The Irish Universities’ Association said the extra capital funding opens the way for urgent upgrades to many outdated facilities, and to expand buildings needed to cater for an anticipated growth by 40,000 students up to 2030. But, it said, the investment needs to be matched with a ‘long-overdue” overhaul of the operational funding model for higher education to provide human capital, referring to the lack of political progress on the 2016 Cassells report recommending the sector needs an extra €600m of non-capital funding a year by 2020 and €1bn more annually by 2030.
Almost €11bn has been earmarked for developments in the health service over the next decade including 2,600 extra hospital beds, 4,500 additional public nursing home beds and two new hospitals for Cork.
Money will also be provided for development of the paediatric unit at Cork University Hospital. Phase 1 was completed last year at a cost of €13m. The second phase is estimated to cost €17m. Cork has also been earmarked for a new ambulance base, in addition to Limerick and Galway.
The national development plan contains no timeline or location is given for the proposed acute hospital in Cork. In relation to the elective hospitals — one each for Cork, Galway and Dublin — the plan says they will provide “high volume, low complexity procedures on a day and outpatient basis”, adjacent to general hospitals.
Several projects, previously announced, are in the plan including the National Children’s Hospital, the New Forensic Mental Health Service Hospital in Dublin, and phase 1 redevelopment of the National Rehabilitation Hospital at Dún Laoghaire. However phase 2 is also in the plan which would see the refurbishment of the existing hospital building, in addition to the new 120-bed adjacent hospital under construction as part of phase 1.
The national programme for radiation oncology will receive funding for replacement and additional facilities and equipment at public hospitals in Dublin, Cork and Galway.
Construction is already under way in Cork to provide replacement and additional radiation oncology facilities which will be commissioned in 2020. There are also plans for the construction of a “comprehensive cancer centre”.
Fianna Fáil health spokesman Billy Kelleher said the Government “can promise the sun, the moon and the stars in terms of extra spending and extra capital projects, but unless patients see actual, real time reductions in terms of their waits for accessing basic yet important treatments, it will be a failure”.
The Irish Hospital Consultants’ Association said it welcomed the commitment to invest, but IHCA president Tom Ryan said it was “vitally important that an annual commissioning plan is agreed to put the additional 2,600 acute beds in place much earlier than the 10-year period proposed.”
The Irish Cancer Society said development of a comprehensive cancer centre “needs to happen to move Ireland towards world-class cancer services”.
The new NDP points out that 37% of the population currently live in rural areas, which might suggest a 3:1 urban/rural spend. Except it doesn’t.
Since the national planning framework “adopts a broader definition of ‘rural’ including smaller settlements with a population between 1,500 and 10,000”, it means “a 2:1 ratio is more appropriate in allocating resources between the two funds”.
That will provide some succour to rural communities, as might the money allocated to “strengthened rural economies and communities” — a total budget of €8.8bn that includes €4.5m of exchequer funding on regional and local roads, a €1m rural regeneration and development fund, €800m on agriculture and €800m in non-exchequer funding on state-owned enterprises such as Coillte. The national broadband plan is also mentioned — estimated cost “confidential”.
Road projects include the Carrigaline Western Distributor Road with local authorities also pushing for a Carlow Southern Relief Road and Tralee Northern Relief Road. There is capital investment for public transport in rural areas, but the “main emphasis” is on public service obligation routes and the Local Link Programme. “Subject to availability of operational funding” new town bus services will be provided in certain large towns, and ultimately to Carlow, Kilkenny, Mullingar, and elsewhere.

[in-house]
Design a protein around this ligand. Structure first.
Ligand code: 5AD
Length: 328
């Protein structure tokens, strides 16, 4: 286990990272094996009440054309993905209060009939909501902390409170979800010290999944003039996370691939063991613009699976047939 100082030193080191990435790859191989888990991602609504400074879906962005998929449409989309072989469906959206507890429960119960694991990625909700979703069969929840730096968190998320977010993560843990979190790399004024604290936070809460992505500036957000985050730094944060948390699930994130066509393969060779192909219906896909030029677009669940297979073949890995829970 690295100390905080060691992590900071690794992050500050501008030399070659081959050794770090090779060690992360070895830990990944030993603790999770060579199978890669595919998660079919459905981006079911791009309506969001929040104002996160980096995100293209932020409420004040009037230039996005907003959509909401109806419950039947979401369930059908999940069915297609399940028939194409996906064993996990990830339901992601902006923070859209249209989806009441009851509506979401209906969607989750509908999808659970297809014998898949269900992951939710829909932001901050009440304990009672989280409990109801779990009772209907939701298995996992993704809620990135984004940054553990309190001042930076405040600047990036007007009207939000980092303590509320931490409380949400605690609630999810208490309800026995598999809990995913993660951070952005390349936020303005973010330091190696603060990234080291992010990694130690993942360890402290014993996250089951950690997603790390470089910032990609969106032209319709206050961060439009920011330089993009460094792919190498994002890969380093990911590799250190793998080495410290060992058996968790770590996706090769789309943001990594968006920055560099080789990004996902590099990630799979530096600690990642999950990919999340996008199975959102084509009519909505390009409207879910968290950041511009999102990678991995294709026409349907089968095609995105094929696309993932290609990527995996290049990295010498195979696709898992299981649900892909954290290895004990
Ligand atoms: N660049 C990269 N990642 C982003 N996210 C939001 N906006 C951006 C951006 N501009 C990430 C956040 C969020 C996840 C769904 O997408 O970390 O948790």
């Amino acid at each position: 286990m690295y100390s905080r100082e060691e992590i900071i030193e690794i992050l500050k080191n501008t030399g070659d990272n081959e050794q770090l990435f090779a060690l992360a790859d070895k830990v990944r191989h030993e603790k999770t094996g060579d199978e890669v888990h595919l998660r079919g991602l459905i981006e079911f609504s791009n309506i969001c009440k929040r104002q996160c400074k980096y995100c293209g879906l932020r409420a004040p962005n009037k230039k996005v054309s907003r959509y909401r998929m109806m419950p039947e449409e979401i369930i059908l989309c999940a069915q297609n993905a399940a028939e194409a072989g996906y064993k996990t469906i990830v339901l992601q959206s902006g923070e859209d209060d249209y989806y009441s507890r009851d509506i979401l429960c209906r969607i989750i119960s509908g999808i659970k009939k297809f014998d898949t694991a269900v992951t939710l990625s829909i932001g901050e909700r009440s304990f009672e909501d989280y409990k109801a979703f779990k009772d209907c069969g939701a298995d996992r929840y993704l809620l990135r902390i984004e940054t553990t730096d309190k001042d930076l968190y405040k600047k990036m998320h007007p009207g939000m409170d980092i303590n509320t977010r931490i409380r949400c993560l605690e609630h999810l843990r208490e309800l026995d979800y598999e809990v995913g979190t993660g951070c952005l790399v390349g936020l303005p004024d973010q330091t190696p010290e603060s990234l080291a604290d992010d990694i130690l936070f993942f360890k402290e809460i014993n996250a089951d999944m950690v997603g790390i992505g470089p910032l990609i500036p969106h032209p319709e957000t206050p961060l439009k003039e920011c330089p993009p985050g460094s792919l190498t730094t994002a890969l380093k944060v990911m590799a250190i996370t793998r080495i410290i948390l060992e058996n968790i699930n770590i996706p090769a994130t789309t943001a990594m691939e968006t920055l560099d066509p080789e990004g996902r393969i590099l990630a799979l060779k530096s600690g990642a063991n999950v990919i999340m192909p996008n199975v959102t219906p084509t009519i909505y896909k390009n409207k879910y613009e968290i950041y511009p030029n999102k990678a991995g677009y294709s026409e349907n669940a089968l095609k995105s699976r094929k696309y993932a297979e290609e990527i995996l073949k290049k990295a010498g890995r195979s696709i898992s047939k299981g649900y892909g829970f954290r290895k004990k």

“Securing regional balance is the fundamental purpose of the NPF”, to be underpinned by the €1bn rural regeneration and development fund that includes rural brownfield development, with initial funding of €315m from 2019 to 2022.
Funding sources such as the LEADER Programme will continue, while the rural regeneration and development fund will integrate some existing schemes.
“New Technology and Innovation Poles (TIPs) will also be developed through EI and the Industrial Development Authority (IDA) to drive regional and rural development.”
The NDP refers to “town-scale pilots of food and agricultural waste to gas in agricultural catchments for local gas networks supply and biogas production” and the “piloting of ‘climate-smart countryside’ projects to establish the feasibility of the home and farm becoming net exporters of electricity”, citing solar, heat-pumps and wind.
A €500m technology fund for innovation, doubling the size of Cork’s Tyndall Institute, and assisting the IDA in showcasing the regions are some of the elements of the national development plan that will help business, according to the Government.
Business and innovation will be supported with €9.4bn up to 2027, according to the plan.
The plan pledges:
A €500m disruptive technologies innovation fund;
The document said the fund would allow enterprises to compete directly for funding and would seed “a new wave” of start-ups.
Membership of the European Organisation for Nuclear Research (Cern) is on the agenda, while the plan said that adding that a new space technologies programme will be “to the benefit of firms in the regions”.
Dublin Business Innovation Centre (BIC) chief executive Michael Culligan said €500m innovation fund could be “transformative” for start-ups.
“Every year, hundreds of promising Irish start-ups and scale-ups approach us looking for investment, but there has been a significant drop in the earlier stage seed venture funding available in the last couple of years for these innovative opportunities, leaving some truly original and progressive start-ups struggling to get the investment needed to achieve their ambitious plans,” he said.
The IDA regional assistance comes as rural towns around the country say they have been left out when it comes to foreign direct investment in favour of cities like Dublin and Cork.
The plan was criticised for simply reiterating projects that have already been committed to, such as the €300m Brexit loan scheme for businesses announced in the budget.